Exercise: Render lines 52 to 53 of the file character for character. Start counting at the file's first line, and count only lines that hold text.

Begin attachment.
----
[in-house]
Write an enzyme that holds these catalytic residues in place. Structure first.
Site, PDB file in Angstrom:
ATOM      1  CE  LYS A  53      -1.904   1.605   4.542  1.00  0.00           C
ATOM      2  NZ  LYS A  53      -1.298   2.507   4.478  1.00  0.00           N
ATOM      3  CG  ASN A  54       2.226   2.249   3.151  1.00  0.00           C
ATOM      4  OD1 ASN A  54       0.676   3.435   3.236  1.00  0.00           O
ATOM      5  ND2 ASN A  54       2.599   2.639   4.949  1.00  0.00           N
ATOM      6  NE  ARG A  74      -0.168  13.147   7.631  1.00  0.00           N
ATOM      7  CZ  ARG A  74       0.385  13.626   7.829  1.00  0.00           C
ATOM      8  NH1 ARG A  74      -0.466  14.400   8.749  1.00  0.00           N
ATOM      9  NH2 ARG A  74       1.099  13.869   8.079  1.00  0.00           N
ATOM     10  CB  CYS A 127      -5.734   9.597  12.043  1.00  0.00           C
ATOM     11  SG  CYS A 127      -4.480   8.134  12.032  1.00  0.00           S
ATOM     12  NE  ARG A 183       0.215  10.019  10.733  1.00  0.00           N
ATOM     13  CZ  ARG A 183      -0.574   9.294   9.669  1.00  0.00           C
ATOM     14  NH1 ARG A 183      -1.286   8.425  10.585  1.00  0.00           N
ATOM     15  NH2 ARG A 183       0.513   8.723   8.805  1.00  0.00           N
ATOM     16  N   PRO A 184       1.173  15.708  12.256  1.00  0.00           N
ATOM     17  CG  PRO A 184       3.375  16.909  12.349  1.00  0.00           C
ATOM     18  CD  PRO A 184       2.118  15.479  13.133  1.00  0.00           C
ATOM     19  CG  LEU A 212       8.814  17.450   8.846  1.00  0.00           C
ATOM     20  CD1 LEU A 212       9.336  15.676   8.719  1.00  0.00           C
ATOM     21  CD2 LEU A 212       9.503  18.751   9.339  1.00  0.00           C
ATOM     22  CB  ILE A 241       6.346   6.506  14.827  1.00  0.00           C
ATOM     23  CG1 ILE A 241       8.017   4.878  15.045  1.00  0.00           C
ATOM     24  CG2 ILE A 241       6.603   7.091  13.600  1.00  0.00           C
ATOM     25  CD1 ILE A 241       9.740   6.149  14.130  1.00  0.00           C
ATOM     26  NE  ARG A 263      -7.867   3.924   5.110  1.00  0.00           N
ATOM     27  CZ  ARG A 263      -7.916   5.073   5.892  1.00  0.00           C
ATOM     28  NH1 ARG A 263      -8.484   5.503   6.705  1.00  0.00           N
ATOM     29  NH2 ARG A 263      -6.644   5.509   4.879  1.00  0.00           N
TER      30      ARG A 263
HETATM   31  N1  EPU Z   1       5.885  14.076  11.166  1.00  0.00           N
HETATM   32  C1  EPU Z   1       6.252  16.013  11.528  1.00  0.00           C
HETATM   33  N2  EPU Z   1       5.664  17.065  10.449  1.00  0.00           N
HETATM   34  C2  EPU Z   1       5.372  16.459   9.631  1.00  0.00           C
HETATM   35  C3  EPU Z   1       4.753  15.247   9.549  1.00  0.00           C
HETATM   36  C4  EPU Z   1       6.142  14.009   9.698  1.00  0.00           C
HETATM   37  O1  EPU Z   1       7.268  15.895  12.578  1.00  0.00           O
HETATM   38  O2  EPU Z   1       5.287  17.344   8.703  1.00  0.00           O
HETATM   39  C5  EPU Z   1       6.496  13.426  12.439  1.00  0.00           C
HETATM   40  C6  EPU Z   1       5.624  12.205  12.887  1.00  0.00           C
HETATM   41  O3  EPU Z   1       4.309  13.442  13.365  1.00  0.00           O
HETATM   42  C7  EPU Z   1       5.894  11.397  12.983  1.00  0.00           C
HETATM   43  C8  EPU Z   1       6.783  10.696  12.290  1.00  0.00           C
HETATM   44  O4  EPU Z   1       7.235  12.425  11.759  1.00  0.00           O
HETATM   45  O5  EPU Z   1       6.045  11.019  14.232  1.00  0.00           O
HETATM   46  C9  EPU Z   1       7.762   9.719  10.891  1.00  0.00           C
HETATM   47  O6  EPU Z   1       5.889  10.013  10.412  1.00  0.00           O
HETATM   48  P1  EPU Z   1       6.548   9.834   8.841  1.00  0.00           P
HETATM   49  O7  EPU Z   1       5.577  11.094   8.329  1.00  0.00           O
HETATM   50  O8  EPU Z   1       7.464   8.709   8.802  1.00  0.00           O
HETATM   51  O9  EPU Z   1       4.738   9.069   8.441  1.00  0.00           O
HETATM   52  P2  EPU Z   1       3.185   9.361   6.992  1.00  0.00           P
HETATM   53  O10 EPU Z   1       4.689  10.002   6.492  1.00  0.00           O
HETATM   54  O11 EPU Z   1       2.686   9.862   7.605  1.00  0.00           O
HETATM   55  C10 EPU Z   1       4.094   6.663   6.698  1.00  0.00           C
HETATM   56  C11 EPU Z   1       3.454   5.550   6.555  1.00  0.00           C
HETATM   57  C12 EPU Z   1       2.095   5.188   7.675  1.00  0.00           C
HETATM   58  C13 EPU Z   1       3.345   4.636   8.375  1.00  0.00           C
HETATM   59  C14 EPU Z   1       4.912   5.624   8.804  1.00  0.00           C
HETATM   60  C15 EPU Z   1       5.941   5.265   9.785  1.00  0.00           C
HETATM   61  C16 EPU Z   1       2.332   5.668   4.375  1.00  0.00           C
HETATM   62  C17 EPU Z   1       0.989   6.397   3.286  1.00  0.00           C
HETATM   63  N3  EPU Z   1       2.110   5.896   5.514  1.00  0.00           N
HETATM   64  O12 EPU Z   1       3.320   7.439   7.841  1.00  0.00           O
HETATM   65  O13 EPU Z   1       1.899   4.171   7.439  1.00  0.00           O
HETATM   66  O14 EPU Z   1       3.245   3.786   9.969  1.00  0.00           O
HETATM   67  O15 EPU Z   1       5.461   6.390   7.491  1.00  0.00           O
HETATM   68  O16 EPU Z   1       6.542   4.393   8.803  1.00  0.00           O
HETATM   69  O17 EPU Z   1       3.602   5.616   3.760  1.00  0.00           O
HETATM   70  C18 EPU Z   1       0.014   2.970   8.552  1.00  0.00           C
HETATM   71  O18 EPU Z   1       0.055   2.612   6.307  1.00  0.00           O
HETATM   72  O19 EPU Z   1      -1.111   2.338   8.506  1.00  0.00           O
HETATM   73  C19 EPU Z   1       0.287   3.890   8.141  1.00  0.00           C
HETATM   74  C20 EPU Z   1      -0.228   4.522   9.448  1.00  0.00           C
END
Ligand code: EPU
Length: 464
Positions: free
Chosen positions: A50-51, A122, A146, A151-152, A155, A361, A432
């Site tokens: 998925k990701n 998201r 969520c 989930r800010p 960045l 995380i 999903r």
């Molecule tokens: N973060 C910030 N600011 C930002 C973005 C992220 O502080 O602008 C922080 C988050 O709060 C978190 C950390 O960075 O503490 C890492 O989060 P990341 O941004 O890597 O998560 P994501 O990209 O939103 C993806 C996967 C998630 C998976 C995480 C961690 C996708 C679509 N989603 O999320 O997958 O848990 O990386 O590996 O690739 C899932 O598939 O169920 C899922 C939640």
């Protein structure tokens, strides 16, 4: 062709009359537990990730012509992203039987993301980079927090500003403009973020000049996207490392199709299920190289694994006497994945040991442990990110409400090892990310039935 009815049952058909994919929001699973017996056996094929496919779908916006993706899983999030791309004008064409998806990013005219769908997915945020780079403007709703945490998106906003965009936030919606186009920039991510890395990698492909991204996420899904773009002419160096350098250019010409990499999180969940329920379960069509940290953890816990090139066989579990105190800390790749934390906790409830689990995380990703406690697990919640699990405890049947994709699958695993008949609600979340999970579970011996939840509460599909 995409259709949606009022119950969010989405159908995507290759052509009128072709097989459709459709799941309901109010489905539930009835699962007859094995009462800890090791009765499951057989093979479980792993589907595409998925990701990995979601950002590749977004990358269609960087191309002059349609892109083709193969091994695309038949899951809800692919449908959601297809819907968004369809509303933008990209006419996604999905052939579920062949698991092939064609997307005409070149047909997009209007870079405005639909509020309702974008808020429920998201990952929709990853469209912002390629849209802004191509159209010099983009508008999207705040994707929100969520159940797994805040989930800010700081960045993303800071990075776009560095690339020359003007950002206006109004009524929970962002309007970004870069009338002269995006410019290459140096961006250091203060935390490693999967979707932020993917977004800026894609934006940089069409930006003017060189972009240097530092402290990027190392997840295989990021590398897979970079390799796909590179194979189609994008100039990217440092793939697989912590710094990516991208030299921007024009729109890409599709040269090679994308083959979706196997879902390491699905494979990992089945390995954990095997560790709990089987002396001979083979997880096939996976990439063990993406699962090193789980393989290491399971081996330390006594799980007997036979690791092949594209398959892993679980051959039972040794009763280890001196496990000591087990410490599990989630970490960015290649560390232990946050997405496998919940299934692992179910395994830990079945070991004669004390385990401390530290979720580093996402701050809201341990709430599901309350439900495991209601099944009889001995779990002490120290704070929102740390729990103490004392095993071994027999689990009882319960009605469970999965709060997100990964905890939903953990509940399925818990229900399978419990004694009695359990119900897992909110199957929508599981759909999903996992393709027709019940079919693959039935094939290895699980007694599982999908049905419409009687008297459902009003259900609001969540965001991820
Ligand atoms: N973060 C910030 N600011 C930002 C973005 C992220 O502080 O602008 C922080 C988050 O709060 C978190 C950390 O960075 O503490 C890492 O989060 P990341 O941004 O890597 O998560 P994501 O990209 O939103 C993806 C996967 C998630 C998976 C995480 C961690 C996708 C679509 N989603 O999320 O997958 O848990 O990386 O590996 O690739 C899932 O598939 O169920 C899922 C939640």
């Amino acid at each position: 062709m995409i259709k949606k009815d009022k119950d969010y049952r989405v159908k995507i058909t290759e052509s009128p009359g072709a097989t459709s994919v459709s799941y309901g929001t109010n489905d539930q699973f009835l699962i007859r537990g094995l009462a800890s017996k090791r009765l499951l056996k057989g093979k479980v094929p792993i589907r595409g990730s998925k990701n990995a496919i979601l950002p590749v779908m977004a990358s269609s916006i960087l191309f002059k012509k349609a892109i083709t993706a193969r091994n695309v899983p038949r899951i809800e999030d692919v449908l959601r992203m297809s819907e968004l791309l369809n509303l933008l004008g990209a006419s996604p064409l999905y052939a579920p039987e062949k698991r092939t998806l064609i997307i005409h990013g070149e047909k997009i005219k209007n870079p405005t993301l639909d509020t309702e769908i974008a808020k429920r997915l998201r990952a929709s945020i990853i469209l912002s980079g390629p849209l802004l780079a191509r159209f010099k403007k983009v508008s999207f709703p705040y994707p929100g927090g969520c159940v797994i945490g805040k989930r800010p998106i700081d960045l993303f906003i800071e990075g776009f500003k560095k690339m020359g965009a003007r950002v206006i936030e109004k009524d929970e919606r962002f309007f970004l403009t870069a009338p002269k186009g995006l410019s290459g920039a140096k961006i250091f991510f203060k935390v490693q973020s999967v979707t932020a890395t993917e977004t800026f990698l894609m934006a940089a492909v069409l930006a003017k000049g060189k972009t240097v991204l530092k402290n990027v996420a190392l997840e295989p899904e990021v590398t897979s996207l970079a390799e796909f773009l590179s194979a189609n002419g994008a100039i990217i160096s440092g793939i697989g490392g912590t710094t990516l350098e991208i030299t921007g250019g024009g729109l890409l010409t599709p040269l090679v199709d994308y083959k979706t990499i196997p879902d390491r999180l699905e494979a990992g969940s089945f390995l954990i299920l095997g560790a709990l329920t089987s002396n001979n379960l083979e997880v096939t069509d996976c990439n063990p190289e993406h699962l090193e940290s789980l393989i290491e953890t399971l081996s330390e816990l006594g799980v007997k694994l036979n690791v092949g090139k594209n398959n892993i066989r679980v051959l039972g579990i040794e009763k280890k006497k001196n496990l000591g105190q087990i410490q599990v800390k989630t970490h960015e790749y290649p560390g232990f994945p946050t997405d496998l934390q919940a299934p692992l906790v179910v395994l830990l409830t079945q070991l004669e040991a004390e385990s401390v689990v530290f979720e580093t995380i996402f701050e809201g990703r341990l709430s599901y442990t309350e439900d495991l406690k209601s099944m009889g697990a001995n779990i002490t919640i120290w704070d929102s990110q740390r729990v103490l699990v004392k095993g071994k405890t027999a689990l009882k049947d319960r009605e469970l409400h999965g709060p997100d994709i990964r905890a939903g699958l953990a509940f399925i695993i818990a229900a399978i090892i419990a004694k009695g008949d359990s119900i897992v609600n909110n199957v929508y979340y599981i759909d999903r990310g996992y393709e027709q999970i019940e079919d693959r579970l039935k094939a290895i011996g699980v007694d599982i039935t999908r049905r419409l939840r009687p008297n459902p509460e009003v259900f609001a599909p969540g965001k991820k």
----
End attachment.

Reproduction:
HETATM   49  O7  EPU Z   1       5.577  11.094   8.329  1.00  0.00           O
HETATM   50  O8  EPU Z   1       7.464   8.709   8.802  1.00  0.00           O